Unacceptable collateral damages

Rice, Milton L.



Unacceptable Collateral Damages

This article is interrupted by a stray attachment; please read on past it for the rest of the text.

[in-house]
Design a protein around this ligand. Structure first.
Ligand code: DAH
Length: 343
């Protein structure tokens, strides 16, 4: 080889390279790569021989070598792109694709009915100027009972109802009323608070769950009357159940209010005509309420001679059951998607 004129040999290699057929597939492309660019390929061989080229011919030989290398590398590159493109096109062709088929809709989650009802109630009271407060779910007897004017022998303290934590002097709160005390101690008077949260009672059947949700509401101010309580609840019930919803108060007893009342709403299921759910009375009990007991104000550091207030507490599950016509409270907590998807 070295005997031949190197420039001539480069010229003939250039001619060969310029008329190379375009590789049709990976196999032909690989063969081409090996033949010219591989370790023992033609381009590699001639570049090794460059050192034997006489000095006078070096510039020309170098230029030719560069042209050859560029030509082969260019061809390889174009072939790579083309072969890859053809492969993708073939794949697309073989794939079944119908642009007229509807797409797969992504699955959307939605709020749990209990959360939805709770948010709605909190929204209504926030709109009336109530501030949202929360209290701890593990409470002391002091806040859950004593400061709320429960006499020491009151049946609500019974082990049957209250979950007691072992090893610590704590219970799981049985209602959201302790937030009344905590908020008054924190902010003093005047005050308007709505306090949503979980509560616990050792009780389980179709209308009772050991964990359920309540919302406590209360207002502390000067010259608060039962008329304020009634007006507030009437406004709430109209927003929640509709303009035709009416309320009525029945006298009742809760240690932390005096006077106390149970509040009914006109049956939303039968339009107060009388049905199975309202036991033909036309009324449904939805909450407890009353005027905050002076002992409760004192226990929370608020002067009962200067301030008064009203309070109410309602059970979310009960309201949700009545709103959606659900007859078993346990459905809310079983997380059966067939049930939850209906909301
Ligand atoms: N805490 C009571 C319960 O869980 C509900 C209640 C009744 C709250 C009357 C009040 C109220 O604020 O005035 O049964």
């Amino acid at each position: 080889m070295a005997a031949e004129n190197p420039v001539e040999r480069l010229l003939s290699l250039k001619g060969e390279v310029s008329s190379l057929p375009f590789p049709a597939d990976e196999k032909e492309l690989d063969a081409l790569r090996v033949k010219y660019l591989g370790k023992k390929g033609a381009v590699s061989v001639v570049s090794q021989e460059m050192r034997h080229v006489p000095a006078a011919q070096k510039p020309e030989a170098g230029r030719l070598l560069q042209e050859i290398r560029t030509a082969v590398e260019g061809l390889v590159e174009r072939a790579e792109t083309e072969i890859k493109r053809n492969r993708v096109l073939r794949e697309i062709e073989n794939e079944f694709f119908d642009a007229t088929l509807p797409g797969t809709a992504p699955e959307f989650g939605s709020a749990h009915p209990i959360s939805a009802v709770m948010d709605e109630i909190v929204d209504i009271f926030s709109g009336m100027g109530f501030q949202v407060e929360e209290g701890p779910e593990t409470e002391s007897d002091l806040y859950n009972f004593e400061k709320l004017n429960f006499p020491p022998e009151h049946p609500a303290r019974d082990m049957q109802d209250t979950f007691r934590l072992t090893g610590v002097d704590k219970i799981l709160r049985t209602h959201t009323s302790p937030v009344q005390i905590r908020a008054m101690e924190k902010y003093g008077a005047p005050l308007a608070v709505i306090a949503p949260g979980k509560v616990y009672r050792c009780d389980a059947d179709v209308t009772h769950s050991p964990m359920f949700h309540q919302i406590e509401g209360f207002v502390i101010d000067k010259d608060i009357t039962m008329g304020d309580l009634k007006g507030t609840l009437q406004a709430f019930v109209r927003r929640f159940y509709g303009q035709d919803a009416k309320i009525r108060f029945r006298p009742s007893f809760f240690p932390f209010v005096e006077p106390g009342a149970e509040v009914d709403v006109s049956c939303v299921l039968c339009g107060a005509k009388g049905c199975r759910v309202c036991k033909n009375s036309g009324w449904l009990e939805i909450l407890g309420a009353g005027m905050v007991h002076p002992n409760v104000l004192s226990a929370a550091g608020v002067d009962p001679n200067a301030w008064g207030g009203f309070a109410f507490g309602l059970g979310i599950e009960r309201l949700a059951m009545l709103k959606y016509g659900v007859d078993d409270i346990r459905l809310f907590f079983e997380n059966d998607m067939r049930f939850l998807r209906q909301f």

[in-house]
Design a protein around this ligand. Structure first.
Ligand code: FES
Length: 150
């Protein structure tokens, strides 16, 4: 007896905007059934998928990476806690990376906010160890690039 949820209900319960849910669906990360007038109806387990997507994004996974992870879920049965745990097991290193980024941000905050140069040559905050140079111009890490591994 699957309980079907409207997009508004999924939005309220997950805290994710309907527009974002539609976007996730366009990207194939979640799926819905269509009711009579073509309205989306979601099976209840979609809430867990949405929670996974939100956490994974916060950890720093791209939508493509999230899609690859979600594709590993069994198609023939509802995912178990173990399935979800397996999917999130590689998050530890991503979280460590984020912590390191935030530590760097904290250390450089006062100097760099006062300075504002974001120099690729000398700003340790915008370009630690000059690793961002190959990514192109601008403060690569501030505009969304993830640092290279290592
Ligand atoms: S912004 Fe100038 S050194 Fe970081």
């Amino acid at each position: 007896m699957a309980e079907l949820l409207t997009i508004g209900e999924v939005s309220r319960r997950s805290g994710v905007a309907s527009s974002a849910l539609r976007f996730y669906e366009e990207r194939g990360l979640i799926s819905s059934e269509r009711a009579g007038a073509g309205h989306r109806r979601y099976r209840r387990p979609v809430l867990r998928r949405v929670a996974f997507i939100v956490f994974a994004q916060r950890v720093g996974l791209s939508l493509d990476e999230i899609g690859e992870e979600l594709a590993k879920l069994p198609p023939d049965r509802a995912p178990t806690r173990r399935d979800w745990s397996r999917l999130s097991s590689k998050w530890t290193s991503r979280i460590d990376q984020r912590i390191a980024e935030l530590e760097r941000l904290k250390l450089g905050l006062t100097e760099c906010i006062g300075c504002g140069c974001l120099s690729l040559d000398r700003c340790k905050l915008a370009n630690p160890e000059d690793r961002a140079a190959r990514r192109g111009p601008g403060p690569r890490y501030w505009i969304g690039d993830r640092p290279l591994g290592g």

It is well documented that the United States has a prison population of 2.2 million (one of the worlds largest) with over one-third incarcerated and serving sentences for violations of "drug laws." If as a country and people, reeling in economic crisis, we were truly serious about fiscal responsibility, reducing unnecessary spending and public safety - we would eliminate the main source of financing for organized criminal activity and terrorism though out the world. We would end our absurd "war on drugs" by decriminalizing their use, acquisition and/or sale. Instead, regulate and tax their use. In 2002 I can remember a series of "slick" TV commercials from the Office of the Drug Czar, etc. portraying young children as saying that "they": "...helped kill a judge,...purchase weapons, etc." The message intimated that through the purchase of illegal drugs (controlled substances) that profits from the illicit sales were and are used to further violence and/or despicable bad ends, etc- No one familiar with the cycle of violence associated with drug trafficking will deny the substantial truth in those ads - and we could easily add terrorism, gun running, human trafficking, organized crime, gang warfare, etc. to the list of beneficiaries of illicit drug sales. There is a problem with the above however. The shame or sham is that its our very own elected law makers and legislators who have made laws that have given birth to a multibillion dollar illegal industry that finances criminal enterprise of all sorts, not the least of which is terrorism - in this country, over our borders and world wide. The profits of drug trafficking are the engine of nearly all the above craziness. In the 1920's a virtual world of crime with the means to finance more was created by Prohibition (of alcohol). As a people, we (our grandparents) were smart enough to fix that problem by legalization. Over the last thirty plus years however, we've allowed ourselves to be "sweet-talked" by lawmakers and special interest groups to use legislative power to unfortunately repeat history on a much grander scale by passing laws to criminalize all forms of drug associations. By so doing, an underground economy was again created with the unintended consequences placing huge amounts of cash into the hands of organized criminal and terrorist organizations. Free cash used to finance world wide terrorism by fanatics bent on the destruction of everything free people hold near and dear. And of course, we spend more and more resources year after year arresting (1,376,792 in 2006) our citizens on drug charges for violating "the law." Why? Because someone made a law saying "it's a crime." So, some "thinker/s" thought it was a good idea that, "...there ought to be a law against that...lets make it illegal by criminalizing all activities related to its use, etc." - with a whole bunch of laws - with big penalties and long prison terms. So here we are, and just what is the big deal about drugs? Who really cares (or should) if someone uses drugs to "get high" and/or anesthetize themselves? Who gets hurt? This writer suggests that very few are harmed (per capita) by "the drugs" themselves and/or their use. The real harm comes from the consequences of the criminalization of their possession, use, acquisition and/or distribution. Even more harmful are the many layers of collateral damage created by the "so called Justice System" and/or the state sponsored terrorism of it's citizens in regard to "enforcement." As a nation we spend over $100 billion dollars every year in drug related enforcement, interdiction, prosecutions, incarcerations, welfare related family consequences, destruction of and confiscation of property, injury, lost wages, near permanent disenfranchisement of large segments of the population, and death of innocents - just to name a few. "The cure," if there is one or ever will be , is worse than the disease. That $100 billion dollars (+) would be better spent protecting our borders; helping finance universal health care; fixing Social Security; research and development of new energy sources; quality education for all and/or fighting the real enemy of democracy and our way of life - ignorance. Tax revenue and fees from the legitimized sale and regulation of drugs could and would be a new income stream for federal, state and local government's. This would surely be a better controlled use of our financial resources than giving the cash to criminal and terrorist organizations bent on our harm and exploitation. Add to that, the prison population across the country would eventually be reduced by at least one third with significant savings diverted to more worthy projects. What is the difference between an alcoholic and/or a drug addict? Neither a desirable condition but with current laws, one may be found in treatment and the other in a prison. It doesn't make sense morally, ethically or economically. They both make an informed choice to anesthetize themselves, they've only chosen different poisons. Nearly all violence associated with the illegal drug trade can be traced directly to the criminalization factor. If drugs were legal and controlled like alcohol (package stores, bars, etc.) crime linked to drugs would virtually be eliminated with no appreciable damage to the social fabric of the community. The following facts speak for themselves. Illegal drugs (controlled substances) do not and have not caused a disproportionate death rate that would justify the amount of financial resources and state sponsored misery being applied to "the problem." This is especially apparent when compared to other causes of death. Statistics compiled annually from: The National Safety Council; National Center for Health Statistics; U.S. Dept. of Health and Human Services; American Cancer Society; American Heart Association; Bureau of Justice Statistics; US. General Accounting Office; and articles from the Boston Globe, New York Times, U.S.A. Today; and other periodicals confirm these facts. Research them for yourself - to your own satisfaction.